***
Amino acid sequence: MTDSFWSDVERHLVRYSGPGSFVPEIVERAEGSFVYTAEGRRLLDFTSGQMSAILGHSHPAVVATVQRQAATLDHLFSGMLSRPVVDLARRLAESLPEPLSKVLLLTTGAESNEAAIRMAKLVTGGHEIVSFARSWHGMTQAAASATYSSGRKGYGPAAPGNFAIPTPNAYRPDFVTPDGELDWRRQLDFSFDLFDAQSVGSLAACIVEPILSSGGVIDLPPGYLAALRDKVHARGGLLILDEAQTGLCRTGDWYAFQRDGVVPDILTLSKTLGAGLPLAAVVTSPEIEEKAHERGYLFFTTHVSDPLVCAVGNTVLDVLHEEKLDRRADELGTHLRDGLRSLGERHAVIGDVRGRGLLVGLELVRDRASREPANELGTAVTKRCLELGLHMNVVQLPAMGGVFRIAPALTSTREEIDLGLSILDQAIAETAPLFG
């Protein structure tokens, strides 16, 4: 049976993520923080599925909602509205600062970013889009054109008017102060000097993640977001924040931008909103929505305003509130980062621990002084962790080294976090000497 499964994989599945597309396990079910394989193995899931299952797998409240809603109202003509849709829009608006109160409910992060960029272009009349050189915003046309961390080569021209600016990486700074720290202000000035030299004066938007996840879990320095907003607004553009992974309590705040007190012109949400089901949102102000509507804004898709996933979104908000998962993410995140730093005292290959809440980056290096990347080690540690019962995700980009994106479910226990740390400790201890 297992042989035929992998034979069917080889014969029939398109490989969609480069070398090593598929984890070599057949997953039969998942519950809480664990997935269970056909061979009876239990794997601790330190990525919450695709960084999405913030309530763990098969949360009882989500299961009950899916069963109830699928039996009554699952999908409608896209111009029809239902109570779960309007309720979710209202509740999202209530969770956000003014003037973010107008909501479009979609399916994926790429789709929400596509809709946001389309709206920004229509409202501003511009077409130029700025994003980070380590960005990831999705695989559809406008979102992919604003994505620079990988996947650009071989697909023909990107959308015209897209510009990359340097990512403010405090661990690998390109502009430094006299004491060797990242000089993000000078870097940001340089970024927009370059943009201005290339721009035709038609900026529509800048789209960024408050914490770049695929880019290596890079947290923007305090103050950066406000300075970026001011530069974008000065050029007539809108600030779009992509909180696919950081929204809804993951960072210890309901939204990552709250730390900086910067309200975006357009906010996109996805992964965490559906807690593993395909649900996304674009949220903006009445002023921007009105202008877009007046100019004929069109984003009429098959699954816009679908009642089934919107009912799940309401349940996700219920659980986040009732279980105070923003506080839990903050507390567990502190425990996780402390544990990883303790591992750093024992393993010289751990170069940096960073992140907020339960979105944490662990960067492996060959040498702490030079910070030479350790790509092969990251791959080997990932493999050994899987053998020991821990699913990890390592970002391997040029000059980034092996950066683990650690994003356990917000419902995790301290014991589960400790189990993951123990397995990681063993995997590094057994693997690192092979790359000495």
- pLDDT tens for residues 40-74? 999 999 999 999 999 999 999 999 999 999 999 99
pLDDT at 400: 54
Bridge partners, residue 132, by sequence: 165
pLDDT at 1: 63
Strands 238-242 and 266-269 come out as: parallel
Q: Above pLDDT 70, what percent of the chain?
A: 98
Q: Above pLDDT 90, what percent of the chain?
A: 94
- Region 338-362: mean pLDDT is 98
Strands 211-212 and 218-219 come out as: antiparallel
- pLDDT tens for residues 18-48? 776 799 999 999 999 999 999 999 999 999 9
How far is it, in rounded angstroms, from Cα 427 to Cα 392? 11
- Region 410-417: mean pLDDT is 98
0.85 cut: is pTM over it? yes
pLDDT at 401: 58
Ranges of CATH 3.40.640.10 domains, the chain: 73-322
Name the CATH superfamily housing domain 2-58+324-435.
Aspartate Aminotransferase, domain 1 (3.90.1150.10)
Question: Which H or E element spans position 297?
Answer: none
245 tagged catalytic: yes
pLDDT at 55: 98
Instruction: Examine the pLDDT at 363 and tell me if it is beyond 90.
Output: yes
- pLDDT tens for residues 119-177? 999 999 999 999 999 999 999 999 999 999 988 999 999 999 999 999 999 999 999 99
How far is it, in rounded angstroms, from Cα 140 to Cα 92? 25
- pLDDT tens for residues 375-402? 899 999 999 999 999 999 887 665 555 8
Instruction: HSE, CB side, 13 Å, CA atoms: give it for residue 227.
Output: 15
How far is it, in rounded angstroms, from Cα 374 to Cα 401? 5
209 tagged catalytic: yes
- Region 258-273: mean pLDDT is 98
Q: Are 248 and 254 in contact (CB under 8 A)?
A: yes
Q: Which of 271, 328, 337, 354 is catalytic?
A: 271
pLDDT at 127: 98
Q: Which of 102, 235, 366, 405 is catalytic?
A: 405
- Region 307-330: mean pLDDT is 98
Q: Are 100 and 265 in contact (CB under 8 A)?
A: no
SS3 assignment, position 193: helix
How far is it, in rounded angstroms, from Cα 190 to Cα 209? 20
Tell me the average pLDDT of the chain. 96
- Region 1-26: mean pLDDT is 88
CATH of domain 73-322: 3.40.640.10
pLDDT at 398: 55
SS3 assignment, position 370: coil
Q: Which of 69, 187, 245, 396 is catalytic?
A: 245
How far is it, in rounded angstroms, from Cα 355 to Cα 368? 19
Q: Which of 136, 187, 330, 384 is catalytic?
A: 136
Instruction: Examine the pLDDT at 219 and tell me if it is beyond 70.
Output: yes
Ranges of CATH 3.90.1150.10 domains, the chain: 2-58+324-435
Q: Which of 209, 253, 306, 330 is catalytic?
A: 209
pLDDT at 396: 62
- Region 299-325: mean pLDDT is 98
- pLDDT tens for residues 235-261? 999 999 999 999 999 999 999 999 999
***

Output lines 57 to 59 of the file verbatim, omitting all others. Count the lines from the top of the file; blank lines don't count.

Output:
A: 136
Instruction: Examine the pLDDT at 219 and tell me if it is beyond 70.
Output: yes